Introduction

Thyroid hormone plays a key role in skeletal development, acquisition of peak bone mass and regulation of adult bone turnover. Euthyroid status is essential for maintenance of optimal bone mineralization and strength. The adverse effects of hyperthyroidism on the skeleton were known before the advent of satisfactory treatment of hyperthyroidism. The relationship between thyroid and skeleton was first suggested in 1891 when Von Recklinghausen reported a patient with hyperthyroidism and multiple fractures (1). While the clinical consequences of overt hyperthyroidism on bone have been known for many years, the molecular mechanism of action of thyroid hormone on bone is incompletely understood. Early recognition of thyroid diseases and an effective treatment for clinical symptoms have meant that severe bone loss is now not seen commonly. Data from India is sparse regarding the effects of thyroid disorders on bone and mineral metabolism

Bone Effects of Thyroid Hormone
Thyroid hormone directly stimulates bone resorption in organ culture (2). This action is mediated by nuclear triodothyronine (T3) receptor, which is found in osteoblast and osteoclast cell lines (3). The thyroid hormone may affect bone calcium metabolism either by a direct action on osteoclasts or by acting on osteoblasts which in turn mediate osteoclastic bone resorption (4). Monocarboxylate Transporter 8 (MCT8) protein is expressed in growth plate chondrocytes, osteoblasts and osteoclasts. Type 1 deiodinase (D1) enzyme is not expressed in bone. D3 is expressed widely with the highest levels occurring in growth plate chondrocytes. D2 mRNA is expressed in embryonic mouse skeleton at embryonic day (E) 14 and increases until E 18 (5). Both thyroid hormone receptor-alpha 1 (TR α1) and thyroid hormone receptor-beta 1 (TR β 1) isoforms are expressed in bone (growth plate chondrocytes, bone marrow stromal cells, osteoblasts and osteoclasts), with TR α 1 levels being 10 fold more than TRβ1 (6). TRα1 is the predominant mediator of T3 actions on bone.  In the skeleton, thyroid-stimulating hormone (TSH) exerts direct action on TSH receptors present on osteoblasts and osteoclasts (7). TSH seems to inhibit bone turnover by suppressing both osteoblast and osteoclast activity. T3 regulates chondrocyte proliferation, promotes terminal differentiation, and induces mineralization and angiogenesis (8).Thyroid hormones stimulate production of type II and X collagen and alkaline phosphatase. T3 seems to induce chondrocyte differentiation, hypertrophy and angiogenesis, but TSH also may play a complementary role in normal mineralization. However, bone loss appeared independent of TSH levels in mice lacking specific TR isoforms (9). Increased serum interleukin-6 (IL-6) concentrations in hyperthyroid patients may also play a role in thyroid hormone stimulated bone loss (10). IL-6 stimulates osteoclast production and may be an effector of the action of parathyroid hormone (PTH) on bone.

Hyperthyroidism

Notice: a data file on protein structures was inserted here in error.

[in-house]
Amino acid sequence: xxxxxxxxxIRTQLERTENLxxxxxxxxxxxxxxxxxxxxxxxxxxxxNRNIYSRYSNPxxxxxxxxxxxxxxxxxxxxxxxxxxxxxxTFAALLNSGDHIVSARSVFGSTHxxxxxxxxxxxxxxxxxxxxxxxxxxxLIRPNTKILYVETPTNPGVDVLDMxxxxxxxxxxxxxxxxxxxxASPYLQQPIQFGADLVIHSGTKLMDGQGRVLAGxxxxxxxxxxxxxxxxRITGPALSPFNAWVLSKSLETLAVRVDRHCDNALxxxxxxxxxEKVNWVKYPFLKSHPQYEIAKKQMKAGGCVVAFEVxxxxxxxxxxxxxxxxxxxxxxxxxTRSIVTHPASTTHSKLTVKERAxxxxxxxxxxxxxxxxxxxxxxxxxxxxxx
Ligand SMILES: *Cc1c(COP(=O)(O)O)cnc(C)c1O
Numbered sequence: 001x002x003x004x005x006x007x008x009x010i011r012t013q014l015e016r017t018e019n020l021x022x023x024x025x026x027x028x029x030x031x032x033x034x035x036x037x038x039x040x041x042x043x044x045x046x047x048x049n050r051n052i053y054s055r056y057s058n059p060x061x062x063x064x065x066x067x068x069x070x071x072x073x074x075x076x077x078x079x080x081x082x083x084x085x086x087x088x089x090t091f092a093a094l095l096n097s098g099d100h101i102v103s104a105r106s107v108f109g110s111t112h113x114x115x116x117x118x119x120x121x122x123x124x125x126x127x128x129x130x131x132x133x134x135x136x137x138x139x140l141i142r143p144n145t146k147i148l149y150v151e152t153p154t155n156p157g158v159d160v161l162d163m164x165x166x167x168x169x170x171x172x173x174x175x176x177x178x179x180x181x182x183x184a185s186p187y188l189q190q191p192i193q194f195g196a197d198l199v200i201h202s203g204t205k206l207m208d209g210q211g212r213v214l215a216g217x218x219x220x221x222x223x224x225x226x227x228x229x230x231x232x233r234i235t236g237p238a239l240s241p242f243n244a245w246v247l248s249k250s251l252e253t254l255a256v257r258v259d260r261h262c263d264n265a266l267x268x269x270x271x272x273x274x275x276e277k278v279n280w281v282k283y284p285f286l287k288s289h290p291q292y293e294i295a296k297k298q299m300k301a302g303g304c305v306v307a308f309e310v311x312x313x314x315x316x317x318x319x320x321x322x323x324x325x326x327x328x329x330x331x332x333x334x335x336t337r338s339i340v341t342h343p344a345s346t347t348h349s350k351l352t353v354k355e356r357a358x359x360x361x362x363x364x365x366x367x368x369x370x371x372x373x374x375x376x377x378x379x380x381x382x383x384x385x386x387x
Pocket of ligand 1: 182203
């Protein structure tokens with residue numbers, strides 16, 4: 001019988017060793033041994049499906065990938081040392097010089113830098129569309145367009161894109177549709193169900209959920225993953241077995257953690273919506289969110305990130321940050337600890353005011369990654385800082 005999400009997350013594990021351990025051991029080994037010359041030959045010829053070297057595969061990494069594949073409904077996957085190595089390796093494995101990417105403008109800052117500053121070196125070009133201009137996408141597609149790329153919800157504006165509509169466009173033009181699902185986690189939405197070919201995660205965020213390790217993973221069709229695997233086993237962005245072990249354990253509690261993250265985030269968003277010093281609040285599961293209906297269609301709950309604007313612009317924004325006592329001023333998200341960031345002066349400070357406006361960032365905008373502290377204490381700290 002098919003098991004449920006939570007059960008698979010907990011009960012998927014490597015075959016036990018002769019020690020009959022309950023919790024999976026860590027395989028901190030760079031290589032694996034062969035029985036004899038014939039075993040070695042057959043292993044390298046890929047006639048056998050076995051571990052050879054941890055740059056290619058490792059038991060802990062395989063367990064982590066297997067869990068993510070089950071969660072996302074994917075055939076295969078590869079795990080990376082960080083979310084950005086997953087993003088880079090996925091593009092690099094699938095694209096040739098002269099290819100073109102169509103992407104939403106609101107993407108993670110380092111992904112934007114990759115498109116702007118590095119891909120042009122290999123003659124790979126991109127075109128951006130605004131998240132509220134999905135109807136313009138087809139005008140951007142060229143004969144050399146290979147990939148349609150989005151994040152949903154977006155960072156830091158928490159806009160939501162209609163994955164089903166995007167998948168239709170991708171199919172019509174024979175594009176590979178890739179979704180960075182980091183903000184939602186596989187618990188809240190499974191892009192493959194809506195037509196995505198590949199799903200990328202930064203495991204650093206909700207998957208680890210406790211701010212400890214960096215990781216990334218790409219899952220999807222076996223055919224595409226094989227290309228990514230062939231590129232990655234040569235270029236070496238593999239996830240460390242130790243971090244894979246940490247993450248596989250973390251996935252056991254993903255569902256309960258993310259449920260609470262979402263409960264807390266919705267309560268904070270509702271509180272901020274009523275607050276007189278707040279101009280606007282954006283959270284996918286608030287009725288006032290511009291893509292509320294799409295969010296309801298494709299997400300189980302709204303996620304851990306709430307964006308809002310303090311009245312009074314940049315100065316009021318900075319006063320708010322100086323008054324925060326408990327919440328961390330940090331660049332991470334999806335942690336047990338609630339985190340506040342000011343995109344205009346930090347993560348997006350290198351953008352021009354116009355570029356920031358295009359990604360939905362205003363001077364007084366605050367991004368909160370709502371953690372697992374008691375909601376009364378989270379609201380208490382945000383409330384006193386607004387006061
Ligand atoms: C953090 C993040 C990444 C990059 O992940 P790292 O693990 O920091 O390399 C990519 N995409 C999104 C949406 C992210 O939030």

Overt hyperthyroidism is associated with accelerated bone remodeling, reduced bone density, osteoporosis, and an increase in fracture rate. These changes are associated with negative calcium balance, hypercalciuria, and, rarely, hypercalcemia.
1. Bone Density
Bone loss is a uniform feature of overt hyperthyroidism. Studies of iliac crest bone biopsy reveal important differences in the effects of thyroid hormone on trabecular and cortical bone (11). Hyperthyroid patients had only a 2.7% reduction in trabecular bone volume, but there was a 40% increase in osteoclast resorption surfaces in cortical bone and a 32% increase in cortical bone porosity (11). (in the study of Douglas S Ross, MD/IE)There was no change in the osteoid volume in hyperthyroidism. Three-dimensional reconstruction of the remodeling sequence shows that in overt hyperthyroidism, bone resorption and formation are both are accelerated, but osteoclastic resorption is stimulated out of proportion to osteoblastic mineralization (12). The duration of resorption phase is reduced by 60% and the formation phase is shortened by 30%. As a result, the normal cycle duration of approximately 200 days is halved and each cycle is associated with a 9.6% loss of mineralized bone. In contrast, there is 2-fold increase in duration of osteoclastic resorption and 4-fold prolongation of osteoblastic bone formation and secondary bone mineralization in hypothyroidism (13). Cycle length approximates 700 days with 17% increase in mineralized bone.
Most studies on hyperthyroid patients show a reduction in bone density ranging from 10% to 20%. The studies on extent of reversibility of bone loss with therapy have yielded variable results. Two studies using single photon absorptiometry reported a reduction in bone density of 12-28% in hyperthyroid patients which normalized after treatment (14, 15). A cross sectional study (16) of 164 hyperthyroid women found reductions in bone density during the first 3 years after diagnosis and treatment. Three or more years after the diagnosis, bone disease was no different from controls, suggesting that the decrease in bone density was reversible. Two retrospective Danish studies observed no difference in 55 hyperthyroid patients, who were treated surgically and had been euthyroid for at least 6 years (mean-12.5 years) (17) or in 39 hyperthyroid patients who were treated medically and had been euthyroid for at least 4 years (mean-9.8 years), compared to age- and sex-matched normal subjects (18).